A fair bit of discussion here, perhaps much of which misses the point:
A resume has just two purposes: first, to help you get an interview, and second, to get you past an HR hurdle.
It is not the job of your resume to go further than those objectives. In particular: it is not the job of your resume to establish a valuation for yourself. No one document can do that; in fact, no document can: you have to do it yourself, preferably face-to-face, by understanding in each interview what the "buttons" are, what the language of benefits that company speaks is, what things they find important, and how your prior experience can be phrased in ways that push those buttons and communicate those values.
More importantly: resumes, in any form, are bad at getting you interviews. A resume comes into play at the earliest part of the recruiting funnel, when the hiring team has the smallest number of cycles to spend on each candidate. Your primary strategy for dealing with recruiting funnels: jump the fucking line. It's never been easier to do this! Ten years ago, you'd have to track down someone who worked with someone who worked for someone at the same company as the hiring team. Today, in tech, you just go search Github for projects your hiring team contributes to and start sending pull requests.
Keep your resume simple. If Github does it for you, gets you in the door, great.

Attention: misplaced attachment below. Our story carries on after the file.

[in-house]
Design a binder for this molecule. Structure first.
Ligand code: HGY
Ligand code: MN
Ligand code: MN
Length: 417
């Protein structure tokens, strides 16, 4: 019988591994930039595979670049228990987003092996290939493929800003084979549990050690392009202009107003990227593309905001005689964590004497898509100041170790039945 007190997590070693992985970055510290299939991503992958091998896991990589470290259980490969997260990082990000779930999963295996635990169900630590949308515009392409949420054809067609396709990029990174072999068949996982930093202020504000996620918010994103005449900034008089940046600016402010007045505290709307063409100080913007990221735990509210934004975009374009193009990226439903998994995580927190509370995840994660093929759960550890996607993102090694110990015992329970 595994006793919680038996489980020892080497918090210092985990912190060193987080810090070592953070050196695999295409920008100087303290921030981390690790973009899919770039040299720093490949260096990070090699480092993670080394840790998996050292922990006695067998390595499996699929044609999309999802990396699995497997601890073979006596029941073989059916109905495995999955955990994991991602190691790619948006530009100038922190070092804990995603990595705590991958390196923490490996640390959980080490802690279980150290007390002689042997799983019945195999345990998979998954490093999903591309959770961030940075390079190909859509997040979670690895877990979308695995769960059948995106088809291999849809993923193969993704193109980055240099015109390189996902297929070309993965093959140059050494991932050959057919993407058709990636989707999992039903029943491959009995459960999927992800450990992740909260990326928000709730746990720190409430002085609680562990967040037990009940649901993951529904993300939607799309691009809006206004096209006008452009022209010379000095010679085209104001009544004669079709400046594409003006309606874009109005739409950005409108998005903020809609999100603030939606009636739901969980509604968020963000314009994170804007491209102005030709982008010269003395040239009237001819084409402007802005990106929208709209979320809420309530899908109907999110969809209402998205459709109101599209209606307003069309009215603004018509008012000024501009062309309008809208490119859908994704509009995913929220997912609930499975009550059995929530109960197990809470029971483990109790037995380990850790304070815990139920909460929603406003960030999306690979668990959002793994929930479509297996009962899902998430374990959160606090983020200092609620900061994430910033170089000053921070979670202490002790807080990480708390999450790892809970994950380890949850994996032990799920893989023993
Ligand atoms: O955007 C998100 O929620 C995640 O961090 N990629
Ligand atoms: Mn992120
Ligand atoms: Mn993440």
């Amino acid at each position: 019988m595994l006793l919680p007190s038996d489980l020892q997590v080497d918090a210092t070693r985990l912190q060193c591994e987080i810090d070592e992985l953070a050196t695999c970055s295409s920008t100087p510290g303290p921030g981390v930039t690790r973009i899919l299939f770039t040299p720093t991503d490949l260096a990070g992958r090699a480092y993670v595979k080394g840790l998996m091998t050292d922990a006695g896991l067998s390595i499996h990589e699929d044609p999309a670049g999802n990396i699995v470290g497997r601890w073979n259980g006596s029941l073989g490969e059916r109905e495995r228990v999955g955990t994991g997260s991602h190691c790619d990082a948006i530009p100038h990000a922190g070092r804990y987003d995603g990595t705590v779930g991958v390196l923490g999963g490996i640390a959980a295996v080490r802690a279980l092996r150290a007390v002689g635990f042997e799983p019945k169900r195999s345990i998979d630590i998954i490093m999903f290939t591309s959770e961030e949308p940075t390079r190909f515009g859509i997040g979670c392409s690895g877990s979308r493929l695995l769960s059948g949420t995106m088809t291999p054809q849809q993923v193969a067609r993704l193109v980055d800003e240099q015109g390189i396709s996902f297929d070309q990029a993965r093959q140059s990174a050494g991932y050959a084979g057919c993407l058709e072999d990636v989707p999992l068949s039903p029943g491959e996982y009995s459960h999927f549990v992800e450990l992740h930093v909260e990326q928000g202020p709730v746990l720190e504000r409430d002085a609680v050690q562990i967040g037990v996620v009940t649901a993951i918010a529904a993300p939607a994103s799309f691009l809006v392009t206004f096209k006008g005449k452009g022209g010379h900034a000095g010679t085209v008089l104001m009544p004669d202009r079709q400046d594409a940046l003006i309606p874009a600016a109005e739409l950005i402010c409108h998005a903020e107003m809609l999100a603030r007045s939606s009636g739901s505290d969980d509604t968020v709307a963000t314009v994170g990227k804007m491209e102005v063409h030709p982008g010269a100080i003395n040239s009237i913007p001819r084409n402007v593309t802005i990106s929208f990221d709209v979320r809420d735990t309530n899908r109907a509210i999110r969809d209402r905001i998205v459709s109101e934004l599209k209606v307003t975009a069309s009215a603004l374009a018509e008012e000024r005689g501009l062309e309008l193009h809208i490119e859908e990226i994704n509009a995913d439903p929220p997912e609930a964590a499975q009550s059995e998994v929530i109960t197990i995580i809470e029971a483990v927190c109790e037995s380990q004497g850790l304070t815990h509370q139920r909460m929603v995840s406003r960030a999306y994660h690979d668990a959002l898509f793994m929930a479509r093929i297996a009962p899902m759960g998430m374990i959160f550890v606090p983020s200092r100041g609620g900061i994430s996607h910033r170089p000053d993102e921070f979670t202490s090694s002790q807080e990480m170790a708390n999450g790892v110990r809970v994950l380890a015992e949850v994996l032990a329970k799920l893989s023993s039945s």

People spend a lot of time thinking about resumes. It's easy to see why. Resumes are the key ego document everyone in our field gets to work with. They are, admit it, fun to tinker with. That's fine. But don't obsess. The resume is literally the least important part of the search for your next role.
I don't do the initial screening, but I do use resume's as an ethics test and guideline for interviews. If you list a lot of random crud on your resume and don't know much about it then you don't get in period. In the end every team has a different process, but I don't care what you have in GitHub and I do care what's on your resume so don't get to infatuated with what you hear random people say on HN or anywhere else.
The less fodder you, as a candidate, give an interviewer for structuring the interview, the better.
In most companies, interviewers are trained to "screen" candidates with a series of tech-out questions (and maybe some culture-fit stuff).
As a candidate, your interests are best served by (gracefully) taking as much control over the interview as possible. Turn the interview around on the interviewer. Ask the interviewer questions about tech problems they've run into, and then ask if you can talk about how you'd address them. Guide the interview to questions that push the interviewer's buttons.
If you sit back and passively accept the interview as it's offered to you by a screener, you put yourself on a level playing field with everyone else being interviewed for the role. Which is a bad thing.
I want to echo Thomas's sentiment here about asking questions of the interviewer.
It really is of tremendous benefit while interviewing to be the one driving (or at least steering) the interview. Even aside from any psychological power dynamic, it's a really good way to make sure you get to cover the things you want to cover.
If you've ever come out of an interview and said "Oh man, hopefully that went good; but I wish they'd asked me to talk more about area 'X'.", you know it can be nerve-wracking.
Being able to have an actual conversation, where there's interplay between the interviewer and interviewee will do wonders for your anxiety level (which considering how stressful interviewing can be for some people, can be a big deal).
Agreed! The last few that interviewed me noticed I had a Github account and perused the projects just barely afaik- not enough to ask questions about any of it.